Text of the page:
Understanding where you fit within the universe, the web of life, the environment, the ecosystems, the society and the community creates a different form of democracy which has been given by our creator and administered through the people by the hereditary chiefs. For it is the people with all their cultural institutions and familial responsibilities and teachings, (which have evolved over the millennia), that gives the hereditary chiefs the respect required to implement their authority. Consensus decision making is used but it does not mean that everyone must agree or have the same point of view. It means that the decision must take into consideration all the concerns and suggestions, coming to a place whereby everyone can live with the decision. This is fundamental to the survival of Nuu chah nulth accountability to self-determination.
It has only been within the last century that this system of governance has had superimposed upon it the supposedly better elective system of democracy. There is no doubt that some form of democracy is important, but how democracy is implemented is an important issue. If the basis of democracy is a popularity contest then the fundamental element of democracy (every voice being heard) is undermined and intimate continuity foregone. Within Nuu chah nulth society the hereditary chiefs are taught from birth the importance of intimate continuity being maintained and familial knowledge sustained in order to give the family and individual family members' importance. Ancient wisdom is continuously accumulated and passed down through the generations, to insure a coherent and respected form of governance remains in place. Democracy only works if you have the opportunity to participate and even though you may have the right to participate, circumstances surrounding your ability to do so can leave you out of the democratic process. Leading to the thought "Why should I participate, national and international policies don't care about my indigenous-ness, it is an empty process". In Canada, women received the right to be involved in the democratic process in the 1920's. First Nations received the right to vote in 1960. If the modern form of liberal democracy means everybody must have the opportunity to provide input, than again, the fundamental make up of modern democracy is flawed. Indigenous peoples are too often relegated to the sidelines and continue to protest through peaceful demonstrations, direct action or misdirected action which sometimes leads to incarceration and in some cases death. Democracy is still, and will remain, in too great a fashion, based on class and income. Even in a place as multi-cultural as Canada, where many different cultures and peoples have chosen to live, the democratic framework reflects the unfortunate influence being exerted by class and occupational based privilege.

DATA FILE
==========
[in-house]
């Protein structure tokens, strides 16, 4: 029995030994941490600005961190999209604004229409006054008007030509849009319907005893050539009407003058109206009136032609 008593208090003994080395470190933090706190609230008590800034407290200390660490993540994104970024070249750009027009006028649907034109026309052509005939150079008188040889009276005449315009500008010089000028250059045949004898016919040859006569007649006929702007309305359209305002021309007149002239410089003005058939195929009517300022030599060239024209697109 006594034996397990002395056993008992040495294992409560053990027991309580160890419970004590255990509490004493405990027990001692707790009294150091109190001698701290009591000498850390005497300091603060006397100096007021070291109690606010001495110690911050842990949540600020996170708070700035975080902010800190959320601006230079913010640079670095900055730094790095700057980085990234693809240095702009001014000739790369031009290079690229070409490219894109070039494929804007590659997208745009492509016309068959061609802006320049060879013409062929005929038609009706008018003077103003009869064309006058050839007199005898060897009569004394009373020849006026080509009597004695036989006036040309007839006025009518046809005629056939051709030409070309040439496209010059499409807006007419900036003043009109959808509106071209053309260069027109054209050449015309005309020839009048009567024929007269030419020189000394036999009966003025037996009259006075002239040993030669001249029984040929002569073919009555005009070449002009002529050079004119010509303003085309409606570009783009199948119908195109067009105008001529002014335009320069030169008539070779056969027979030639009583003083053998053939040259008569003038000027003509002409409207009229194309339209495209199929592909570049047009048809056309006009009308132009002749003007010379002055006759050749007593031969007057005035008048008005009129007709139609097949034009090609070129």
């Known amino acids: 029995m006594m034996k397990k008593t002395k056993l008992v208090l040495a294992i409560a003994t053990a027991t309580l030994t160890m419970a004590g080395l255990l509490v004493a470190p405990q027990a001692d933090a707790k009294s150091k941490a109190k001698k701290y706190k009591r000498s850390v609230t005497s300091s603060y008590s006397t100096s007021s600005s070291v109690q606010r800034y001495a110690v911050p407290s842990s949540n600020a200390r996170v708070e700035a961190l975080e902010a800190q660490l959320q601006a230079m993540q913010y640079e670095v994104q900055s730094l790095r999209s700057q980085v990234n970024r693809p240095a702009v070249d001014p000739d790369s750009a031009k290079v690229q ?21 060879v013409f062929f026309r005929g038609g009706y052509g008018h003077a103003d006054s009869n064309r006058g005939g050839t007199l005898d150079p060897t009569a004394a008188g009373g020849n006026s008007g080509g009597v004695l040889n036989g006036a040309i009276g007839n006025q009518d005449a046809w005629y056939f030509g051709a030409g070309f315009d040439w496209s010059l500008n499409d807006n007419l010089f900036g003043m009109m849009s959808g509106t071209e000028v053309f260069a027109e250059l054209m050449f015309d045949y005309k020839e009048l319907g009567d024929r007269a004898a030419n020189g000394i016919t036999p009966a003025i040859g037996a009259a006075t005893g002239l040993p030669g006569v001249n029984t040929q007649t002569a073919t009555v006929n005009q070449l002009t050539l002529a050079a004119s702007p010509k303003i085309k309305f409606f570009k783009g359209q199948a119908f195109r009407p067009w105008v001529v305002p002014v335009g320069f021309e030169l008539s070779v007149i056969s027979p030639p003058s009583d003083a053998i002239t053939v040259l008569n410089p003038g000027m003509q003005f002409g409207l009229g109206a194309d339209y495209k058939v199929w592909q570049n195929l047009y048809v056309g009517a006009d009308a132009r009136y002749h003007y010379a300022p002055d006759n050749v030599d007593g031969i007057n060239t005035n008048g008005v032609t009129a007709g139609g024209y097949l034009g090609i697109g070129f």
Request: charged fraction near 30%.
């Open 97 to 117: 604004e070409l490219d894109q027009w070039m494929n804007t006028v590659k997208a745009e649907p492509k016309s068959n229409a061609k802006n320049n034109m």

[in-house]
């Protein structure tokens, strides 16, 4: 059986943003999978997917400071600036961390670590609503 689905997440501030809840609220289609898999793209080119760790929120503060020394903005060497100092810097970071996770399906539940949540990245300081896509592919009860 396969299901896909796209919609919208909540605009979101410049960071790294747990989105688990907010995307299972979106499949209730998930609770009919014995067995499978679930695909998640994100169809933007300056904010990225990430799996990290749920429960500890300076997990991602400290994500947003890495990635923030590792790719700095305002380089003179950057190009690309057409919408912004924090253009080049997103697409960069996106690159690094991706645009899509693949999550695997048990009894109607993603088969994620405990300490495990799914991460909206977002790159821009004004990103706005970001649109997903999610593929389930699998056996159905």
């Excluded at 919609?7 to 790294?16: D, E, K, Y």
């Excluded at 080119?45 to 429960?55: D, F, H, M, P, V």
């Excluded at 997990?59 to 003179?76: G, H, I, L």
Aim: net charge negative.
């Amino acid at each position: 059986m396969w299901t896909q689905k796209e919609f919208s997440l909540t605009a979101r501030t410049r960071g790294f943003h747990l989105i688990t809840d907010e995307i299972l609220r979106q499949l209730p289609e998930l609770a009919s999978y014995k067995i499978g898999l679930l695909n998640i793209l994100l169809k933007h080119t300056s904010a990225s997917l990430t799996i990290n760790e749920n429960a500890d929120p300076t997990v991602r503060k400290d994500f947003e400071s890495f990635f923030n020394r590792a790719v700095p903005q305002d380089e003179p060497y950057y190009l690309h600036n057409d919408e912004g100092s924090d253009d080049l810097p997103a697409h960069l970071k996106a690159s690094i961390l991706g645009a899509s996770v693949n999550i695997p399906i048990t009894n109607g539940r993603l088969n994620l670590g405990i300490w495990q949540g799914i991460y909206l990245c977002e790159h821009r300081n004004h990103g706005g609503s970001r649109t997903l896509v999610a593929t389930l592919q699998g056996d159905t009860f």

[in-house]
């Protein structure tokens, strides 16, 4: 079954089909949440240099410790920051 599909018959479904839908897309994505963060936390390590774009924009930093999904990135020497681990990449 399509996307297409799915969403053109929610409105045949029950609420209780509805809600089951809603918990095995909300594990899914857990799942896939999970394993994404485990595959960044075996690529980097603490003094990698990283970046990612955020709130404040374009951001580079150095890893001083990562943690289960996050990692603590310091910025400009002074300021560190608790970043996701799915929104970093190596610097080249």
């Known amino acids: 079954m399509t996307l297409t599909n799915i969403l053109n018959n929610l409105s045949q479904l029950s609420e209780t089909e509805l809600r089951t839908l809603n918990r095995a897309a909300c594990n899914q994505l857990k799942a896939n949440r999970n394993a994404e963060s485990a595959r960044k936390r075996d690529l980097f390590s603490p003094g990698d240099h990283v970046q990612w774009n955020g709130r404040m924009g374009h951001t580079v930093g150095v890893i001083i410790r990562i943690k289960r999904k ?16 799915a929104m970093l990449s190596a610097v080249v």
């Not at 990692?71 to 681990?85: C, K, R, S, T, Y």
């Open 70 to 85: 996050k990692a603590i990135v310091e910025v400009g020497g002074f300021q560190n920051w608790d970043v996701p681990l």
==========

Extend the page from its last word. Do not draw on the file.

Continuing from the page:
There is no doubt that the right to life, shelter, identity, language, customary foods, belief systems, ancient wisdom, local economies, natural resources, governance; traditional duties, responsibilities, philosophies, jurisdictions, authorities and obligations is the foundation of indigenous self-determination. But also included are the principles of respect, order, protocols, spoken word, ownership, responsibility, accountability, discipline and preparation. Along with the understanding of where we fit in the universe, our place in the web of life and maintaining our relationships to the earth, lands, waters, air, natural resources and indigenous government structures. All these elements make up the essential infrastructure for the social, cultural, spiritual, physical, psychological and economic survival of indigenous peoples - Indigenous Self-determination.
As Professor Ted Chamberlain of the University of Toronto wrote: "While a certain practicality must bear on these issues there is no mistaking the fact that the peoples of First Nations everywhere are refusing to be practical, if practical means becoming enslaved to a diminished reality"
Respectfully submitted by Tom Mexsis
Founding Chairman, World Council of Whalers
World Council of Whalers